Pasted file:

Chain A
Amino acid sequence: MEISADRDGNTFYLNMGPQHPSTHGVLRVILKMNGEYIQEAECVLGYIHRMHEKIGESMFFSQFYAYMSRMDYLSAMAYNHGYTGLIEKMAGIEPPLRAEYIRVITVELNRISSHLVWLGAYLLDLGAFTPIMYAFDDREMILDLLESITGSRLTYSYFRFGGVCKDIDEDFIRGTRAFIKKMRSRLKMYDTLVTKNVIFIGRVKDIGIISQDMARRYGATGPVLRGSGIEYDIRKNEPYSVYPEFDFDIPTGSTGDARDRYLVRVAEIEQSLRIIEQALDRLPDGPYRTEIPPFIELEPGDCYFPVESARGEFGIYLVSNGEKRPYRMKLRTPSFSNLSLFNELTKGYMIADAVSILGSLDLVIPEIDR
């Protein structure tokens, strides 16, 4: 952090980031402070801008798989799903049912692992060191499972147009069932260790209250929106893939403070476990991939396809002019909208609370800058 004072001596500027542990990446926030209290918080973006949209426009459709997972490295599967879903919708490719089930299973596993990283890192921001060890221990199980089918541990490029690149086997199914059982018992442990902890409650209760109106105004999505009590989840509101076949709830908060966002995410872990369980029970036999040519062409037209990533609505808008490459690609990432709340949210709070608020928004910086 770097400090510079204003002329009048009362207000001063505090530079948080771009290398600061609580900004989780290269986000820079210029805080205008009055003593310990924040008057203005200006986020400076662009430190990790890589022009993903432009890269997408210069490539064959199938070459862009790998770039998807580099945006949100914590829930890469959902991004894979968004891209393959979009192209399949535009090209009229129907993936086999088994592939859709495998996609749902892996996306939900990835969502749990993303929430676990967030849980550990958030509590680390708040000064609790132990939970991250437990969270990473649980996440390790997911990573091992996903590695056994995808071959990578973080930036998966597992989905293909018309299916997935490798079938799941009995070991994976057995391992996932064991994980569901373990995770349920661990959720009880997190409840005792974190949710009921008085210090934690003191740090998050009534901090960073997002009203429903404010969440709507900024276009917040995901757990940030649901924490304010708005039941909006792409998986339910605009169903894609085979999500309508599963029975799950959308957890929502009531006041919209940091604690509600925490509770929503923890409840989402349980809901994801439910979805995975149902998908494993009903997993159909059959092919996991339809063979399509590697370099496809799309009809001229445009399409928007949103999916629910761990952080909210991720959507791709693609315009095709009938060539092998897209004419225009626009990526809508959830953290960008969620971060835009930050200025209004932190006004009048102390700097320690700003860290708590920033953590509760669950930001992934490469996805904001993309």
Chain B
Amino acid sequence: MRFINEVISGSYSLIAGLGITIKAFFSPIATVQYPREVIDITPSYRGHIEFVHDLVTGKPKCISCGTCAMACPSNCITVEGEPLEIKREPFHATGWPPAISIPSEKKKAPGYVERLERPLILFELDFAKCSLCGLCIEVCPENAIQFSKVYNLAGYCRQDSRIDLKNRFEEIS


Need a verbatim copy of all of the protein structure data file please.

Chain A
Amino acid sequence: MEISADRDGNTFYLNMGPQHPSTHGVLRVILKMNGEYIQEAECVLGYIHRMHEKIGESMFFSQFYAYMSRMDYLSAMAYNHGYTGLIEKMAGIEPPLRAEYIRVITVELNRISSHLVWLGAYLLDLGAFTPIMYAFDDREMILDLLESITGSRLTYSYFRFGGVCKDIDEDFIRGTRAFIKKMRSRLKMYDTLVTKNVIFIGRVKDIGIISQDMARRYGATGPVLRGSGIEYDIRKNEPYSVYPEFDFDIPTGSTGDARDRYLVRVAEIEQSLRIIEQALDRLPDGPYRTEIPPFIELEPGDCYFPVESARGEFGIYLVSNGEKRPYRMKLRTPSFSNLSLFNELTKGYMIADAVSILGSLDLVIPEIDR
């Protein structure tokens, strides 16, 4: 952090980031402070801008798989799903049912692992060191499972147009069932260790209250929106893939403070476990991939396809002019909208609370800058 004072001596500027542990990446926030209290918080973006949209426009459709997972490295599967879903919708490719089930299973596993990283890192921001060890221990199980089918541990490029690149086997199914059982018992442990902890409650209760109106105004999505009590989840509101076949709830908060966002995410872990369980029970036999040519062409037209990533609505808008490459690609990432709340949210709070608020928004910086 770097400090510079204003002329009048009362207000001063505090530079948080771009290398600061609580900004989780290269986000820079210029805080205008009055003593310990924040008057203005200006986020400076662009430190990790890589022009993903432009890269997408210069490539064959199938070459862009790998770039998807580099945006949100914590829930890469959902991004894979968004891209393959979009192209399949535009090209009229129907993936086999088994592939859709495998996609749902892996996306939900990835969502749990993303929430676990967030849980550990958030509590680390708040000064609790132990939970991250437990969270990473649980996440390790997911990573091992996903590695056994995808071959990578973080930036998966597992989905293909018309299916997935490798079938799941009995070991994976057995391992996932064991994980569901373990995770349920661990959720009880997190409840005792974190949710009921008085210090934690003191740090998050009534901090960073997002009203429903404010969440709507900024276009917040995901757990940030649901924490304010708005039941909006792409998986339910605009169903894609085979999500309508599963029975799950959308957890929502009531006041919209940091604690509600925490509770929503923890409840989402349980809901994801439910979805995975149902998908494993009903997993159909059959092919996991339809063979399509590697370099496809799309009809001229445009399409928007949103999916629910761990952080909210991720959507791709693609315009095709009938060539092998897209004419225009626009990526809508959830953290960008969620971060835009930050200025209004932190006004009048102390700097320690700003860290708590920033953590509760669950930001992934490469996805904001993309």
Chain B
Amino acid sequence: MRFINEVISGSYSLIAGLGITIKAFFSPIATVQYPREVIDITPSYRGHIEFVHDLVTGKPKCISCGTCAMACPSNCITVEGEPLEIKREPFHATGWPPAISIPSEKKKAPGYVERLERPLILFELDFAKCSLCGLCIEVCPENAIQFSKVYNLAGYCRQDSRIDLKNRFEEIS